This blend of 70% Pošip, 20% Chardonnay and 10% Vugava is dry farmed in the Stipančić vineyard dating back to the 15th century on the Croatian Island of Brač. Vines are pain-stakingly grafted onto centuries old roots that plunge deep into limestone soil. The aspect subtly favours the sea at an altitude of 420 to 550 metres and the resulting wine initially reminded me of an Assyrtiko from Santorini. Aromas of salty smoke and a flash of white pepper, lemon so bright I wrote ‘ignition’ in my notes and the palate is remarkable, packed with salinity and invigorating as a citrus meteorite. This wine took my tastebuds into orbit, lifted by pristine acidity with a finish that just keeps on rising. And such depth. A truly stunning wine.



Bodegas Viñátigo, Vijariego Blanco, Islas Canarias, Tenerife 2020 

Imagine the wafting niff of ashes from the barbecue of the gods! This wine leaps out of the glass with a sherbet ash eruption of salty lemon rind. There’s a subtle sense of roasted nut along with a lacing of dried oregano and lemon thyme. It’s gorgeous. And to taste? My first note simply reads “Wow. What a lovely glass of wine.” It latches on to every single part of the palate, richly textural together with a presence of throbbing zestiness. You know that feeling of sunshine glinting off a very beautiful sea on a hot day? That’s what this wine is, two things in one: a sense of depth underpinning blinding freshness. And it simply doesn’t fade easily – like a suspension bridge attaching to the tip of your tongue reaching towards an endless archipelago of bright glimmering light.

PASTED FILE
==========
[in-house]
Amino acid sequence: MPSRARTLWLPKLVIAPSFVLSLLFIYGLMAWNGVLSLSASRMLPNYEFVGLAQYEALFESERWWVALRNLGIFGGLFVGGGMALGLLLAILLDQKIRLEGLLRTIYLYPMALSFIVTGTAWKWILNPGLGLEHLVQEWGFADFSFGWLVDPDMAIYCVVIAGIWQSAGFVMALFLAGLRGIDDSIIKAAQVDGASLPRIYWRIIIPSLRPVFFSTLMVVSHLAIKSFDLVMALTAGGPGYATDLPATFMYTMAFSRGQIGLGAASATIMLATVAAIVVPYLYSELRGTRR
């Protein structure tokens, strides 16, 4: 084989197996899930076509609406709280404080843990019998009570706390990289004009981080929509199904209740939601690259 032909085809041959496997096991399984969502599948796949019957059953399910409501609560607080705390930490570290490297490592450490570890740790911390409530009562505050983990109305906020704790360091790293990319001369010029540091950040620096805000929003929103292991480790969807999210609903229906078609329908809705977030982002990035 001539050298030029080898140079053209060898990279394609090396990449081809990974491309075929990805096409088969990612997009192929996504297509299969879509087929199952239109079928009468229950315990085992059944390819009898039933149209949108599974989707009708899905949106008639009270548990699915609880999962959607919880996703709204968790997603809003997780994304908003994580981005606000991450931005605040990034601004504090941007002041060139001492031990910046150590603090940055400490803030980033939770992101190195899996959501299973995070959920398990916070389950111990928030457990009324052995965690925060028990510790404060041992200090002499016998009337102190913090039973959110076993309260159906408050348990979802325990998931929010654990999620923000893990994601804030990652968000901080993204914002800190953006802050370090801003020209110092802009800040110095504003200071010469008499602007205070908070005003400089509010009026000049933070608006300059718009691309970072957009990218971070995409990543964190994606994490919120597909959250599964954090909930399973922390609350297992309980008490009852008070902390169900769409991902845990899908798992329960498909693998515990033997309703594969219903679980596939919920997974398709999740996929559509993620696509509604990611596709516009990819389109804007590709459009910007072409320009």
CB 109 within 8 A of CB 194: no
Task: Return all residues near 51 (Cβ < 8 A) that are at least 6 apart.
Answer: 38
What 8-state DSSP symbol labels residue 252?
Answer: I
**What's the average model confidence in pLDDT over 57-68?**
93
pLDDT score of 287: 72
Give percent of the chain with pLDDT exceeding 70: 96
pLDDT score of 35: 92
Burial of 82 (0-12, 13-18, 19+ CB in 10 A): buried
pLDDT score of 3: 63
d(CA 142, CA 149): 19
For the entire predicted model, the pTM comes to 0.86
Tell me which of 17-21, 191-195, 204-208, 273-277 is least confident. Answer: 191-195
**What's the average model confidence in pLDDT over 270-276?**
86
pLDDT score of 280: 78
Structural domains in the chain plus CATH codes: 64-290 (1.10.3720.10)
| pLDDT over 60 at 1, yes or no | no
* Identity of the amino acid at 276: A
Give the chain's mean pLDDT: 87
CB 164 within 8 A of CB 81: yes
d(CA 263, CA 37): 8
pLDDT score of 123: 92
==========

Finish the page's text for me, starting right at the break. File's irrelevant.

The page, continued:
This is 100% Vijariego Blanco from La Guancha in northern Tenerife. The ungrafted vines inhabit a century-old volcanic plot with low yields of between 3000 and 4000 kg per hectare. Wild yeast fermentation in Allier oak barriques of 225 and 350 litres of varying toast levels. The wine was subsequently aged in oak on fine lees for four to six months.  The result is a wine of presence, tension and scrumptiousness. And it made me crave fresh shellfish for days.


Castel de Paolis, Frascati Superiore 2019 

My late grandfather would always order Frascati. He adored the stuff and I can clearly recall his appetising glass, flecked with sunlit condensation and a glinting promise of refreshment. As soon as my nose hits the glass in this case, memories begin turning in my mind, but they are soon overtaken by the realisation that this is Frascati of a different magnitude. The instantly fresh edge makes me think of a swimming pool in a grove of limes. And then it begins to unfurl, a deeper late summer scent of subtle peach and a Mediterranean herb garden fringed with jasmine on a balmy breeze.

This is gorgeous, one of the most precise and saline wines I’ve tasted in recent years – If you love Manzanilla, you’ll adore this. It really reminds me of taking a dip in the sea on holiday and licking your lips – invigorating stuff. This is sublimely poised, a bright sky of a wine that calls out for feta, green bell peppers, tomatoes – all the good stuff. And of course, ocean bounty. Blended from Malvasia del Lazio 70%, Trebbiano Giallo 20%, Bellone 5%, Bombino Bianco 5% on volcanic soils south of Rome, this wine has an immense sense of focus, or largesse coaxed into finesse. Volcanic soils rich in potassium and phosphorus have a way of delivering moisture and mineral freshness to the vineyard, planted at 5,500 vines per hectare to limit vigour. The Santerelli family are rightly to be hailed for bringing Frascati into the realm of classics to rival some of the world’s most famous white wine appellations. And for respecting and harnessing the discreetly mysterious power of volcanic vineyards.